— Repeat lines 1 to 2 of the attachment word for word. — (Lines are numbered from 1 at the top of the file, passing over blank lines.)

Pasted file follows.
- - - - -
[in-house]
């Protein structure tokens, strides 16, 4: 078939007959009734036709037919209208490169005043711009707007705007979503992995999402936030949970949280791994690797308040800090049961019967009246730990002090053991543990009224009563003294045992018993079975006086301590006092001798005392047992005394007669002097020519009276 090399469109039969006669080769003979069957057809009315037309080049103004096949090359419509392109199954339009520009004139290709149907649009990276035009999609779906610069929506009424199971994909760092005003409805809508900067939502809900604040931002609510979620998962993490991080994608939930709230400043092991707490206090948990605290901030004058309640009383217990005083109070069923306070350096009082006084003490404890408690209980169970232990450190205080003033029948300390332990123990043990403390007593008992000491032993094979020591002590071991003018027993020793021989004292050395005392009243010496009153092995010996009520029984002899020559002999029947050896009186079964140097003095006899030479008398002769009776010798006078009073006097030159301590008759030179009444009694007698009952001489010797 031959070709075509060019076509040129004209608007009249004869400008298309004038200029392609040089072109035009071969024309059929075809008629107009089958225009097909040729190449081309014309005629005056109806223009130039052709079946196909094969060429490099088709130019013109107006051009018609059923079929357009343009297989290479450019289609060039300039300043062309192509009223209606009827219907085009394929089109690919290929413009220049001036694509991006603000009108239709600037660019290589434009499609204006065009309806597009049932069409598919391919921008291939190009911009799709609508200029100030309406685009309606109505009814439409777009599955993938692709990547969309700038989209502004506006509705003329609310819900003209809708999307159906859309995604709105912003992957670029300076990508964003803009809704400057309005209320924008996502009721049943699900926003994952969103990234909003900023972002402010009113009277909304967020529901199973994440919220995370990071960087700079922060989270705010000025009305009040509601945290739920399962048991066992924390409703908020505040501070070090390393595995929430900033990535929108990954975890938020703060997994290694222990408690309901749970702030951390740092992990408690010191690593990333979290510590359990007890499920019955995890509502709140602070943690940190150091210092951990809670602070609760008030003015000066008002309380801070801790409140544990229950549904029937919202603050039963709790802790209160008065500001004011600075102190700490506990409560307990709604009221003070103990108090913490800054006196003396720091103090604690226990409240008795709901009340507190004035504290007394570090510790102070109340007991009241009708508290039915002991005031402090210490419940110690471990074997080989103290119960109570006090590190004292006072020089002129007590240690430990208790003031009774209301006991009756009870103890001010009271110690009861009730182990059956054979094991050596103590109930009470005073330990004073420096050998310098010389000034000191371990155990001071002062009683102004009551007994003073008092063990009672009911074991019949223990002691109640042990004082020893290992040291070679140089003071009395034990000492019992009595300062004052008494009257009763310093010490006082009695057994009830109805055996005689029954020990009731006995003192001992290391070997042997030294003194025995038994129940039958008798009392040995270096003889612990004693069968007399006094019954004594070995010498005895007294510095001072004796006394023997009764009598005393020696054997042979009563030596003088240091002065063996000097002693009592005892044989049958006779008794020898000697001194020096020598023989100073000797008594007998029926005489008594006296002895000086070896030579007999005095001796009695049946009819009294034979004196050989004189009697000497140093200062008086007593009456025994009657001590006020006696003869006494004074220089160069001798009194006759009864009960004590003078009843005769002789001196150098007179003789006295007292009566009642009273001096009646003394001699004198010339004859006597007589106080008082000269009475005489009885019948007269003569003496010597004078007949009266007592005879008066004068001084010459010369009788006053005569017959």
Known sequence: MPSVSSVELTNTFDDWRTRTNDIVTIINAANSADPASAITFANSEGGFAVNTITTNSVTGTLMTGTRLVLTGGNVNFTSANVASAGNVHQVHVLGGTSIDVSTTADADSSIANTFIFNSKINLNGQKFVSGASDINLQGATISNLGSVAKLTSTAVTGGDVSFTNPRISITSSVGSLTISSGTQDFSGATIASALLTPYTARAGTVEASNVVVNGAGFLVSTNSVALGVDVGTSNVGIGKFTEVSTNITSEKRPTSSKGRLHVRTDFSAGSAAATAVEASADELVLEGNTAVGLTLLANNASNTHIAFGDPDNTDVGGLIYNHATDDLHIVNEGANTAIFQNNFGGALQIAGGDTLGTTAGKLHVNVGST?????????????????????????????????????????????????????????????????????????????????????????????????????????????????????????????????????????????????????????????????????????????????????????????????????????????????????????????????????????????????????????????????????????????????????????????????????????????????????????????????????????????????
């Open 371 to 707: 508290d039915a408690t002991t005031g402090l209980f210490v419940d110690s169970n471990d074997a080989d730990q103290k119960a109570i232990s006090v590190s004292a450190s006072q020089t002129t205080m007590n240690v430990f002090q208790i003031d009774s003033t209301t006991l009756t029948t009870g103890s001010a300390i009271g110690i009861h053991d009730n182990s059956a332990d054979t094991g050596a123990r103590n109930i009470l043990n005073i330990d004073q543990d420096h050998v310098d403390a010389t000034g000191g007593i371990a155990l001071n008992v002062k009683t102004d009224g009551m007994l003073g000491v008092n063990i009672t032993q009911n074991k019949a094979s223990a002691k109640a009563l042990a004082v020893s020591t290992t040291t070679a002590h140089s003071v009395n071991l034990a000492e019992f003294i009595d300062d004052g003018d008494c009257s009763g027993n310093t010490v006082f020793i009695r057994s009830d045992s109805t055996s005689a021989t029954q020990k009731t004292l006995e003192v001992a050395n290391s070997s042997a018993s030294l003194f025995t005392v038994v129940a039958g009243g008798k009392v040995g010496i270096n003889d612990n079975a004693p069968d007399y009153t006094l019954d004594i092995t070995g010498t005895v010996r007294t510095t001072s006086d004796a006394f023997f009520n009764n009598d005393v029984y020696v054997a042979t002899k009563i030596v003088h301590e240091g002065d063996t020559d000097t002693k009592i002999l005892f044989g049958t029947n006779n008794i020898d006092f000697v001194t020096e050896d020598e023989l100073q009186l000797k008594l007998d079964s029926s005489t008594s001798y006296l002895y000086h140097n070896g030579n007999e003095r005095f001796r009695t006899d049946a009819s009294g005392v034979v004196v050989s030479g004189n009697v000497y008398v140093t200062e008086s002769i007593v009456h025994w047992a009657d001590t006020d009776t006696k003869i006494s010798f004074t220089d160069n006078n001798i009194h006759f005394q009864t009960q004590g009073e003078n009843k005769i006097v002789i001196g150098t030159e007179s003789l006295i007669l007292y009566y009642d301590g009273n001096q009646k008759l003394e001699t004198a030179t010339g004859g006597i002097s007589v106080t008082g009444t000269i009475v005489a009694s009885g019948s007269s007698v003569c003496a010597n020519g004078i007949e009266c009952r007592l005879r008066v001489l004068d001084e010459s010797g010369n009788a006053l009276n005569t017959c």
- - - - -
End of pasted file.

[in-house]
């Protein structure tokens, strides 16, 4: 078939007959009734036709037919209208490169005043711009707007705007979503992995999402936030949970949280791994690797308040800090049961019967009246730990002090053991543990009224009563003294045992018993079975006086301590006092001798005392047992005394007669002097020519009276 090399469109039969006669080769003979069957057809009315037309080049103004096949090359419509392109199954339009520009004139290709149907649009990276035009999609779906610069929506009424199971994909760092005003409805809508900067939502809900604040931002609510979620998962993490991080994608939930709230400043092991707490206090948990605290901030004058309640009383217990005083109070069923306070350096009082006084003490404890408690209980169970232990450190205080003033029948300390332990123990043990403390007593008992000491032993094979020591002590071991003018027993020793021989004292050395005392009243010496009153092995010996009520029984002899020559002999029947050896009186079964140097003095006899030479008398002769009776010798006078009073006097030159301590008759030179009444009694007698009952001489010797 031959070709075509060019076509040129004209608007009249004869400008298309004038200029392609040089072109035009071969024309059929075809008629107009089958225009097909040729190449081309014309005629005056109806223009130039052709079946196909094969060429490099088709130019013109107006051009018609059923079929357009343009297989290479450019289609060039300039300043062309192509009223209606009827219907085009394929089109690919290929413009220049001036694509991006603000009108239709600037660019290589434009499609204006065009309806597009049932069409598919391919921008291939190009911009799709609508200029100030309406685009309606109505009814439409777009599955993938692709990547969309700038989209502004506006509705003329609310819900003209809708999307159906859309995604709105912003992957670029300076990508964003803009809704400057309005209320924008996502009721049943699900926003994952969103990234909003900023972002402010009113009277909304967020529901199973994440919220995370990071960087700079922060989270705010000025009305009040509601945290739920399962048991066992924390409703908020505040501070070090390393595995929430900033990535929108990954975890938020703060997994290694222990408690309901749970702030951390740092992990408690010191690593990333979290510590359990007890499920019955995890509502709140602070943690940190150091210092951990809670602070609760008030003015000066008002309380801070801790409140544990229950549904029937919202603050039963709790802790209160008065500001004011600075102190700490506990409560307990709604009221003070103990108090913490800054006196003396720091103090604690226990409240008795709901009340507190004035504290007394570090510790102070109340007991009241009708508290039915002991005031402090210490419940110690471990074997080989103290119960109570006090590190004292006072020089002129007590240690430990208790003031009774209301006991009756009870103890001010009271110690009861009730182990059956054979094991050596103590109930009470005073330990004073420096050998310098010389000034000191371990155990001071002062009683102004009551007994003073008092063990009672009911074991019949223990002691109640042990004082020893290992040291070679140089003071009395034990000492019992009595300062004052008494009257009763310093010490006082009695057994009830109805055996005689029954020990009731006995003192001992290391070997042997030294003194025995038994129940039958008798009392040995270096003889612990004693069968007399006094019954004594070995010498005895007294510095001072004796006394023997009764009598005393020696054997042979009563030596003088240091002065063996000097002693009592005892044989049958006779008794020898000697001194020096020598023989100073000797008594007998029926005489008594006296002895000086070896030579007999005095001796009695049946009819009294034979004196050989004189009697000497140093200062008086007593009456025994009657001590006020006696003869006494004074220089160069001798009194006759009864009960004590003078009843005769002789001196150098007179003789006295007292009566009642009273001096009646003394001699004198010339004859006597007589106080008082000269009475005489009885019948007269003569003496010597004078007949009266007592005879008066004068001084010459010369009788006053005569017959």